Sundance 2023: ‘Divinity’ Review
The following is part of Full Circle Cinema’s coverage of Sundance 2023.
The NEXT section in Sundance has long been home to movies on the fringe. Films that are more avant-garde, experimental. A lot of these films languish in obscurity following their premieres. Even so, all it takes is a few select audience members, whose connection with these singular, obtuse visions burns bright, to make these films last forever. Divinity certainly feels primed for such a fate. The brainchild of writer-director-producer Eddie Alcazar, Divinity is an unleashing of unbridled expressionist creativity; a mosaic of moods that finds an irresistible balance between the arthouse and the grindhouse.
Although the whacked-out images take center stage, Divinity attempts something resembling a traditional narrative. In a near future (?) Earth (?), a form of immortality has been achieved under the drug “Divinity”. The life’s work of the late Dr. Sterling Pierce (Scott Bakula), bastardized by his son Jaxxon (Stephen Dorff), offers long life to its users. As fertility rates reach an all-time low, two mysterious brothers (Moises Arias and Jason Genao) land on the planet to abduct Jaxxon for unknown purposes. Their paths cross with sex worker Nikita (Karrueche Tran), who helps unearth the deep, dark secrets behind Divinity’s creation.
First things first, the world of Divinity is cool. Despite the barren landscape and lack of budget, Eddie Alcazar is a born world-builder. Under the 16mm black-and-white glow of Danny Hiele’s cinematography, our planet – if it even is our planet – becomes a psychedelic wasteland where hedonism thrives. Glorious analog technology evokes Alien. The sheer presence of Moises Arias and Jason Genao, clad in tank tops, pants, and what appear to be black gloves grafted into their hands, is mysterious, slightly fear-inducing, and unimaginably badass. Alcazar crafts a lore that we the audience barely get to understand. The film’s biggest star, Bella Thorne, plays the sparsely-seen Ziva, the leader of an all-women group. As she mutters cryptic platitudes, the instinct is to ask questions.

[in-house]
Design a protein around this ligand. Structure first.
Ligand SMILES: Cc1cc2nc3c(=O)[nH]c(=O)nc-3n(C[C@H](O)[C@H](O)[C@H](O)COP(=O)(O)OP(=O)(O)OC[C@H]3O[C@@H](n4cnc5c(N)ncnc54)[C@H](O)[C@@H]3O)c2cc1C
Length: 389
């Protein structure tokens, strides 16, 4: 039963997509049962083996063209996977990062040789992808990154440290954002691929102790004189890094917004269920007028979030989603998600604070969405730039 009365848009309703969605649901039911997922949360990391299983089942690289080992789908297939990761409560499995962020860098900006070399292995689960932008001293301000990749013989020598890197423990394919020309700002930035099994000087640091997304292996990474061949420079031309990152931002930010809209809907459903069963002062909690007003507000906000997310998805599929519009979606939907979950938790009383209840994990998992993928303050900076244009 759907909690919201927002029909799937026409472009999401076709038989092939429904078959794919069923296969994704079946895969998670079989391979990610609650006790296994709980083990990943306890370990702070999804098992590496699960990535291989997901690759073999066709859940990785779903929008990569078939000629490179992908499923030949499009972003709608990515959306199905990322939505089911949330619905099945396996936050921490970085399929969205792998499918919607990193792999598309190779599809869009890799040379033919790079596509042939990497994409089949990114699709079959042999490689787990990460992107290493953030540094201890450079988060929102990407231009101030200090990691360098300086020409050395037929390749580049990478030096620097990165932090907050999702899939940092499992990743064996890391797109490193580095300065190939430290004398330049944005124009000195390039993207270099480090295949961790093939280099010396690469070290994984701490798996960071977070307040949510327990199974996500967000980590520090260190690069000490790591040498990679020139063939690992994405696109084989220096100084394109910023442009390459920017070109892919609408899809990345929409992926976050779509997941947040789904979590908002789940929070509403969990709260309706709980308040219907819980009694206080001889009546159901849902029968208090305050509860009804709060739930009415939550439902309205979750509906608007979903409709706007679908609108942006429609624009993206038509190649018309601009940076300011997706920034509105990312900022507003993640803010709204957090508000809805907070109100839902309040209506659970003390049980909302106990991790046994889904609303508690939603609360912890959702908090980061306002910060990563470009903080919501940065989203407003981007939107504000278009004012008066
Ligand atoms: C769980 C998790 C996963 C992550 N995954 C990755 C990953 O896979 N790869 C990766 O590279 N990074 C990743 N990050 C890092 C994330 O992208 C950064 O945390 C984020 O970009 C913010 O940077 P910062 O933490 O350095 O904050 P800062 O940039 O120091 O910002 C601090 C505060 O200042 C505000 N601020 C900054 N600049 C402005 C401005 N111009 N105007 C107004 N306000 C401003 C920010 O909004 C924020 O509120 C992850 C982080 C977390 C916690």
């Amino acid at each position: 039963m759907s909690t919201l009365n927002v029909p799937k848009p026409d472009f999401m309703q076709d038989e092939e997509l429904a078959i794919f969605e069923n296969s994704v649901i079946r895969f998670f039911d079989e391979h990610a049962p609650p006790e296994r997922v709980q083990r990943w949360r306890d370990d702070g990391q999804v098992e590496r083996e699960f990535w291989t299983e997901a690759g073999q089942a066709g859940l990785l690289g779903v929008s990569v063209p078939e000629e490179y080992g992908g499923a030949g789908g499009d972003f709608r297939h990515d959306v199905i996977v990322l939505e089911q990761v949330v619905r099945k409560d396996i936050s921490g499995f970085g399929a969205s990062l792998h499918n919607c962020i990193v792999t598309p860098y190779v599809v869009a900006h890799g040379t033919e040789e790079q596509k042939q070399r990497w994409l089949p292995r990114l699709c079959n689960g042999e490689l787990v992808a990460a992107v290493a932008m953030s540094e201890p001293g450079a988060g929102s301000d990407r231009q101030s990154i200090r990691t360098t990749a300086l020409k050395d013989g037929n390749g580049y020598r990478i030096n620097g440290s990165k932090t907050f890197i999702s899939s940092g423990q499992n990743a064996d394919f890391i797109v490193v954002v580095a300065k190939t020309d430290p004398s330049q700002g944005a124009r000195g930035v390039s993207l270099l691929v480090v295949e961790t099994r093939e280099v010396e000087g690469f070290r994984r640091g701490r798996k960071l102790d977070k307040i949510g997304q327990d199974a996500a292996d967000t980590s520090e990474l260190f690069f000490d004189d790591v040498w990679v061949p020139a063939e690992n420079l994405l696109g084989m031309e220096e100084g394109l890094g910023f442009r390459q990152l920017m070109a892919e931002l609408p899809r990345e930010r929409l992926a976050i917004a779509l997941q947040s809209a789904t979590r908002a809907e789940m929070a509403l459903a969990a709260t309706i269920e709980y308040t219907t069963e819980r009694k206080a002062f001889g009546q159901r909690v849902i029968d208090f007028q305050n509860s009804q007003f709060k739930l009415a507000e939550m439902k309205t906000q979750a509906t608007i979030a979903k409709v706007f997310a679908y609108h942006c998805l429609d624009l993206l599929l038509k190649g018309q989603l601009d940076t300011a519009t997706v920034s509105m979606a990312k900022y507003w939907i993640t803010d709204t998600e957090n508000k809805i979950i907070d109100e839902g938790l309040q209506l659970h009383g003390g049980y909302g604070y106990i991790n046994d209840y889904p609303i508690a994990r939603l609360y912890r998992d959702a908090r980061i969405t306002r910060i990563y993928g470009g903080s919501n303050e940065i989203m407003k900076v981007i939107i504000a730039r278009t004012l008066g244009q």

That’s the mark of an intriguing universe. Where Divinity falters is in its attempts to tell a more traditional narrative. The film focuses so much on letting the viewer soak up its own unique world that the storytelling becomes inconsistent. A lot of Dr. Pierce’s narration has the feel of world-building texture that doesn’t quite register as vital plot information. Furthermore, a couple of huge twists and turns don’t click towards the end because Alcazar doesn’t adjust the tempo to properly allow the audience to soak them in. The reason this doesn’t sour the experience as a whole is that there’s a functionality built-in of “if you don’t get it the first time, rewatch it”.
Not always does this work, but I couldn’t stop thinking back to Mandy, another movie seemingly subservient to the ever-present vibe. That film’s intricate thematic tissue didn’t unveil itself until multiple watches, going from a moody horror piece to something quite poignant and even devastating. On that basis, I’m a lot kinder to the esoteric nature of Divinity because there’s clearly something behind all the madness. Immediately what springs to mind is the rich thematic tissue running through it. Women taking their power back, obsession with perfection, hedonism, humanity going far from what it’s intended to be. These are not given just cursory mentions, these are themes naturally baked into the text.
What can’t be overstated, though, is the visceral thrill of just how bonkers Divinity gets. Stephen Dorff puts on the performance of a lifetime. Dr. Jaxxon Pierce morphs into a grotesque beast due to an overdose of the titular drug. His ultimate transformation represents the grossest in body horror this side of the Cronenberg family. His transformation leads to a fight straight out of Dragon Ball Z, done with seamless claymation models. Moreover, simple images like a party forming in Jaxxon’s house amid the endless expanse of the desert resonate. Above all, Divinity is an ode to the power of craftsmen. With what one can only assume is the fraction of the budget, Divinity‘s spectacle destroys anything of recent blockbuster cinema.
Divinity can have a fairly high barrier to entry for the average viewer. It’s violent, its story refuses to hold your hand. The black and white alone is enough to turn folks away. But for the people who get what Eddie Alcazar was going for, it may feel like an awakening. Following the film’s premiere, you couldn’t turn anywhere without genre enthusiasts singing its praises. “You have to see Divinity!” “Divinity is crazy”. That buzz alone indicates all the makings of a bonafide cult classic. With the backing of executive producer Steven Soderbergh, that feeling may very well be valid. – James Preston Poole
Divinity has no current release date.